Migraines are severe headaches that are thought to be produced by inflammation in the dura mater, or the brain’s outer casing. This inflammation may result from activation of the trigeminovascular system. MIgraines are also associated with dilated blood vessels, caused by neuropeptides and gas nitric oxide. The endocannabinoid is a key player in regulating the trigeminovascular system, and too few endocannabinoids are thought to increase the chance of developing a migraine. THC, the psychoactive cannabinoid in cannabis, may be able to reducing trigeminovascular activity and reducing the presence of neuropeptides and nitric oxide.
In one rodent model, in which researchers induced migraines in rats, THC effectively reduced symptoms if administered before their onset. In the study, researchers observed that the rats drastically reduced their time spent running on a wheel when in pain from migraine. However, when given THC, they spent more time on the wheel after the migraine was stimulated. If THC was administered after the onset of symptoms, it was not as effective. In a human study from 2016 which was published in Pharmacotherpy, 121 migraine sufferers averaging 10.4 migraines a month began using medical cannabis therapy. Within one to three years, the average migraine frequency was reduced to 4.6 a month, and over 10% actually eliminated their migraines with the therapy. Because of its fast onset of relief, smoking marijuana was considered the best vehicle of administration. Forty-eight percent of participants experienced relief, and side effects were minimal.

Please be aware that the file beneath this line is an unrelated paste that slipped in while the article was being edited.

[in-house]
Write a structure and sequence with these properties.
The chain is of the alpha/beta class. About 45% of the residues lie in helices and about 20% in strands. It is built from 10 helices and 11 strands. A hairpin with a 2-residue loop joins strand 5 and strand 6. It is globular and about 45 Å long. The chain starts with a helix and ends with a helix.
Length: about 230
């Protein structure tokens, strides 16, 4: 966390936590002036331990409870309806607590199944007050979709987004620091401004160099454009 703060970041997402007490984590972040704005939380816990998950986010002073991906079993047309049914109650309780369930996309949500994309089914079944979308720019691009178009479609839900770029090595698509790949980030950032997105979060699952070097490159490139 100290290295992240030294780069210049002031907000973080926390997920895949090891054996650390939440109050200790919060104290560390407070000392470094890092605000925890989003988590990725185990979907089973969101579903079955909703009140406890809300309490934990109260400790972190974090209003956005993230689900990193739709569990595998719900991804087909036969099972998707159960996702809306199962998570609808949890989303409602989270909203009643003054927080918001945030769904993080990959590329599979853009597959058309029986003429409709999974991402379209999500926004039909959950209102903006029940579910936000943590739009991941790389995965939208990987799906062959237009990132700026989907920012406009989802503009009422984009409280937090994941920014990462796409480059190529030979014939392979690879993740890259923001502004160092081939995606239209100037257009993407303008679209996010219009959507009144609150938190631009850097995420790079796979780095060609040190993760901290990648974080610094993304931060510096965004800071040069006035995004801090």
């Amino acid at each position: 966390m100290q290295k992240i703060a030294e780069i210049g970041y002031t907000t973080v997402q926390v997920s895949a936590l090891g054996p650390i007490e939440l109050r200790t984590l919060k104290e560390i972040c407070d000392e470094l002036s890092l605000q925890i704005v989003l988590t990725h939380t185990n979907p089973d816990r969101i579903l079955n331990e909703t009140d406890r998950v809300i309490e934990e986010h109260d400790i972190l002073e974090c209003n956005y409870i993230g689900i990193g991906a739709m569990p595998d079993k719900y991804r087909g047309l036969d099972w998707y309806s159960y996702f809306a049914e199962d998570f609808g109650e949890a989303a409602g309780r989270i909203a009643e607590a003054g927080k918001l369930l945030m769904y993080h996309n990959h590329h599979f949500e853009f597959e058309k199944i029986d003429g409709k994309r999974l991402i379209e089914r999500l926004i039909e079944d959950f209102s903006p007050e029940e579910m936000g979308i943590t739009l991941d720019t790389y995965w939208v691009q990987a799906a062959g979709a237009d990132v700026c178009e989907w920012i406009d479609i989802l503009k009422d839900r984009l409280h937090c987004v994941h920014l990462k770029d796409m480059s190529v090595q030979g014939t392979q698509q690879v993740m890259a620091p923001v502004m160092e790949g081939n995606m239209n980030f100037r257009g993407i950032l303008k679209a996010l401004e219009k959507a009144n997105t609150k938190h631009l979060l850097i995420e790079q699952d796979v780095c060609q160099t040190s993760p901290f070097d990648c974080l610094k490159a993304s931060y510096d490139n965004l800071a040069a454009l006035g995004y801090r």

This information has been provided by Civilized and approved by our Chief Medical Officer.